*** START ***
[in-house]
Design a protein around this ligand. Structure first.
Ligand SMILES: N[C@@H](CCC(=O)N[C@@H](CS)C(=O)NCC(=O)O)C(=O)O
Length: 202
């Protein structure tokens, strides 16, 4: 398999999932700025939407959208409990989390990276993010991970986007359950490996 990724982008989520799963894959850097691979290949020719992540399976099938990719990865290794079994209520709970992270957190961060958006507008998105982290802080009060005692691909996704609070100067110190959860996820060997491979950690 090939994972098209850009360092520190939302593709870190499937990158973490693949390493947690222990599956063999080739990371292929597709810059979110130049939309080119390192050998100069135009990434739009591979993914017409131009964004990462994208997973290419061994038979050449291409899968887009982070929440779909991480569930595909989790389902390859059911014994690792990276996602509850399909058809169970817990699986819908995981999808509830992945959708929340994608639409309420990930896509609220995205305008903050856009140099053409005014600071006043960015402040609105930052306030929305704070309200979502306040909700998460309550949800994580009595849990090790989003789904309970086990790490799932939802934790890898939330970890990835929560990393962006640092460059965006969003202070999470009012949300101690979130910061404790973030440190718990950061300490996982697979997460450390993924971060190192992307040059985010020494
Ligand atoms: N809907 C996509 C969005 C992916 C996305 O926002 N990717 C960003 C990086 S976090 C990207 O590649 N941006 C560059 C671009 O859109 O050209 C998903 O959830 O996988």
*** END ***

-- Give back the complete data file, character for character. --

[in-house]
Design a protein around this ligand. Structure first.
Ligand SMILES: N[C@@H](CCC(=O)N[C@@H](CS)C(=O)NCC(=O)O)C(=O)O
Length: 202
């Protein structure tokens, strides 16, 4: 398999999932700025939407959208409990989390990276993010991970986007359950490996 990724982008989520799963894959850097691979290949020719992540399976099938990719990865290794079994209520709970992270957190961060958006507008998105982290802080009060005692691909996704609070100067110190959860996820060997491979950690 090939994972098209850009360092520190939302593709870190499937990158973490693949390493947690222990599956063999080739990371292929597709810059979110130049939309080119390192050998100069135009990434739009591979993914017409131009964004990462994208997973290419061994038979050449291409899968887009982070929440779909991480569930595909989790389902390859059911014994690792990276996602509850399909058809169970817990699986819908995981999808509830992945959708929340994608639409309420990930896509609220995205305008903050856009140099053409005014600071006043960015402040609105930052306030929305704070309200979502306040909700998460309550949800994580009595849990090790989003789904309970086990790490799932939802934790890898939330970890990835929560990393962006640092460059965006969003202070999470009012949300101690979130910061404790973030440190718990950061300490996982697979997460450390993924971060190192992307040059985010020494
Ligand atoms: N809907 C996509 C969005 C992916 C996305 O926002 N990717 C960003 C990086 S976090 C990207 O590649 N941006 C560059 C671009 O859109 O050209 C998903 O959830 O996988």